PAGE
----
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Down Under Unites: Yoga Stands Up takes yoga off the mat

Down Under Unites hosts “Yoga Stands Up,” a two-and-a-half-hour workshop including yoga sessions and panel discussions to acknowledge the current political climate while maintaining the principles of yoga. PHOTO COURTESY PEXELS

Sensing stress in their student body, the management and faculty at Down Under School of Yoga brainstormed ways they could acknowledge the current political climate while maintaining the principles of yoga. On Friday, they hosted “Down Under Unites: Yoga Stands Up” to strike a balance between yoga and fundraising.

“Yoga Stands Up” was a two-and-a-half-hour workshop at Down Under Yoga’s studio in Brookline, where the studio’s senior teachers came to teach in support of Massachusetts Immigrant and Refugee Advocacy Coalition, She Should Run and the Environmental Defense Fund. Justine Wiltshire Cohen, director and studio owner of Down Under Yoga, and Sami Lea Lipman, director of marketing, brand and strategic planning at Down Under Yoga, worked with their management to plan the day with the idea of unity in mind.

After the two yoga sessions, specifically Flow and Iyengar, a group panel discussion was held to help students recognize places they feel empowered to take action, Cohen said.

“We want to ensure that we are staying true to our mission, which is to primarily be a place of learning and teaching,” Cohen said. “The studio is a sanctuary, and it is a refuge for people of all walks of life and all political persuasions and all opinions and perspectives.”

Yoga instructors must carefully approach instances when they sense turmoil in their student body, Cohen said, and construct solutions that are consistent with the philosophy of yoga.

“All of these different schools of yoga actually have the same aim, which is to yoke — to unite these different aspects of ourselves,” Cohen said. “Yoga has various principles, one of which is Ahimsa, which means ‘do no harm.’”

By striking a balance between unity and Ahimsa, the Down Under Yoga team attempted to create a plan to “take yoga off the mat.”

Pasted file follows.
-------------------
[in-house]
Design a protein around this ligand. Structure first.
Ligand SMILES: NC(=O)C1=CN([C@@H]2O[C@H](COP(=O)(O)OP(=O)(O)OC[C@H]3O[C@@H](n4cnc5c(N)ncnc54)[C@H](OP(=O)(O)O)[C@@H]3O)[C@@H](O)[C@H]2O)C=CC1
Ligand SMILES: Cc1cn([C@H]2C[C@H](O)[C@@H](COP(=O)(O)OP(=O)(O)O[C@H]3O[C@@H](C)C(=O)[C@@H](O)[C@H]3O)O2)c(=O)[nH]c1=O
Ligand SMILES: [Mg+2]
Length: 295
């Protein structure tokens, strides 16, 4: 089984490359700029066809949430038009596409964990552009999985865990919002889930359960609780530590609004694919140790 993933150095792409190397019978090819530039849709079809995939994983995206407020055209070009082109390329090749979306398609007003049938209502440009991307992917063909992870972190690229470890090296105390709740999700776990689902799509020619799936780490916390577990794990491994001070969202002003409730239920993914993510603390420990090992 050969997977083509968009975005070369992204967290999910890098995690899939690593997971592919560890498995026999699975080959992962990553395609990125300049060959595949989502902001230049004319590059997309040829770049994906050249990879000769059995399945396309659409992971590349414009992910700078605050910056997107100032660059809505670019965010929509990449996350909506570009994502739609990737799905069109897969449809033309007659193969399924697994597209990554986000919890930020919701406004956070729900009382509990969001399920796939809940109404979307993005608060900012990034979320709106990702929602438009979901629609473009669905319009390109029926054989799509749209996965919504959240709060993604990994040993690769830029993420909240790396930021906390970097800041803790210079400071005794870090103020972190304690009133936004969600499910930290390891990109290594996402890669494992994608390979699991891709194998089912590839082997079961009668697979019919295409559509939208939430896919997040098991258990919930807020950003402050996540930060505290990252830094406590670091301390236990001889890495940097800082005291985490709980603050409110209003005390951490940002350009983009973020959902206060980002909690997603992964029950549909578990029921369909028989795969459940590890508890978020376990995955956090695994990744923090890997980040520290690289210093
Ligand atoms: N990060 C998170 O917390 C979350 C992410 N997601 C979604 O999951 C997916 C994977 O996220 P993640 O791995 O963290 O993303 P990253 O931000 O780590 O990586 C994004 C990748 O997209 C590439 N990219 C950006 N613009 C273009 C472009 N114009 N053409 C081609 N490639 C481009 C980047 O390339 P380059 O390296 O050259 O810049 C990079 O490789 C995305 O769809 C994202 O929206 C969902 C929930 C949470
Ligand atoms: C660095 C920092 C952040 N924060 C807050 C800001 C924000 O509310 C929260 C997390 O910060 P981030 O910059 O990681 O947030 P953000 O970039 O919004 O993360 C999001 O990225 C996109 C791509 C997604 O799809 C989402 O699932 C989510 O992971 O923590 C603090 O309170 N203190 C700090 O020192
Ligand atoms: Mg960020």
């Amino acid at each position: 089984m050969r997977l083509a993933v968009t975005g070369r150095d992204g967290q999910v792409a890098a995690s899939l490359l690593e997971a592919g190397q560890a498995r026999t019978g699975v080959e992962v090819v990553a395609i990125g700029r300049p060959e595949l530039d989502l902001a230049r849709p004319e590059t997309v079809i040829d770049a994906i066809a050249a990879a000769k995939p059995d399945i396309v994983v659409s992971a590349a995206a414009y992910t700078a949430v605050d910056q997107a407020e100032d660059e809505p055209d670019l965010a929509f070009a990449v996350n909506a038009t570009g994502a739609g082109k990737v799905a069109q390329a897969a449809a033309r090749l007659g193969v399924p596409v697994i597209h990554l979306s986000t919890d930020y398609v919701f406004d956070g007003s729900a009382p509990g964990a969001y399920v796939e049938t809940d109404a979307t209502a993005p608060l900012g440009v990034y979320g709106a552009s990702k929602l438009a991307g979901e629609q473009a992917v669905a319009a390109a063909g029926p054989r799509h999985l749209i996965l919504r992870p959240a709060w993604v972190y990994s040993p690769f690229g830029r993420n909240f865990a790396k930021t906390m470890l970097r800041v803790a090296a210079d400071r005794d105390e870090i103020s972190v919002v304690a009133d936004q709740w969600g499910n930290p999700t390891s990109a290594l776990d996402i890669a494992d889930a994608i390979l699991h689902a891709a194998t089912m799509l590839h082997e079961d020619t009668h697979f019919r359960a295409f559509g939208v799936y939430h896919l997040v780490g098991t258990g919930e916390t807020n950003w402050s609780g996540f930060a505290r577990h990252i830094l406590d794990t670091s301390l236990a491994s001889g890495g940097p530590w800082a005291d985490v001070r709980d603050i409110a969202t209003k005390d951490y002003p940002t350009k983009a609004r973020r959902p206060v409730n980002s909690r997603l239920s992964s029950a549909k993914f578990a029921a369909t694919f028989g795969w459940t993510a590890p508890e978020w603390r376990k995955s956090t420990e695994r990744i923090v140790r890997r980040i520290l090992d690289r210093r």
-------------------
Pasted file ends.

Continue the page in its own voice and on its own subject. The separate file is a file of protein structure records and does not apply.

Taking yoga off the mat means focusing your mind in order to become a better version of yourself after practicing, Cohen said.

“The increase in incidents of hate crimes is undeniably on the rise,” Cohen said. “And so the question for us as a community was ‘how can we remain utterly inclusive of all perspectives, but at the same time acknowledge the very real and pressing problems that we’re seeing around us?’”

Although the event opened the dialogue between teachers and students to voice their concerns, the purpose of “Yoga Stands Up” largely hinged on the practice of yoga.

“Everything is tied to yoga,” Cohen said. “It’s not like Down Under has become a political organization that is not attached to yoga. Everything is being viewed from the lens of this practice, which is really important.”

Through self-examination, Yoga Stands Up brought together different perspectives, while keeping yoga in the forefront.

“I’m sure that members of Down Under Yoga are looking for ways that they can participate, express their point of view and show their support,” said Sue Parsons, development coordinator at MIRA. “This allows their members to do that, and that’s a wonderful thing.”

MIRA has been working to uphold the rights of immigrants and refugees in the state for 30 years, Parsons said.

Parsons also acknowledged the current controversial time for immigrants and refugees, and how this workshop serves as a good way for Down Under Yoga to increase awareness among their members.

While they centered around staying true to the roots of yoga, the three organizations it benefitted held steadfast to their missions.

“It’s so important because it’s tangible action people can take,” said Clare Bresnahan, executive director of She Should Run, a nonpartisan nonprofit that inspires young women to run for office.

“Everyone is looking for something they can do to be able to support the cause,” Bresnahan said. “Going to events like this and investing in the organizations that support the causes people care about is really important.”

Down Under Yoga donated part of the event’s funds to the Environmental Defense Fund, an organization that works to protect natural systems.

EDF has put climate change at the forefront of social issues, Cohen said.

“EDF is an international [non-governmental organization],” said Bao Kieu, member relations associate at EDF.

Kieu said he was grateful that events like Yoga Stands Up are taking place in a post-2016 presidential election America.

“We, at this juncture, need to stand up and protect everything we’ve worked for,” Kieu said. “All the environmental progress that EDF has created both domestically and globally — all of that is at risk.”

Lipman said the faculties and teachers chose the three organizations that “Yoga Stands Up” benefitted. The workshop, which raised over $2,100 for the three organizations, marked the beginning of Down Under Yoga’s fundraisers this year.

“I think it’s the question of keeping the discussion constructive,” Cohen said. “And really focusing our energies on determination versus despair.”

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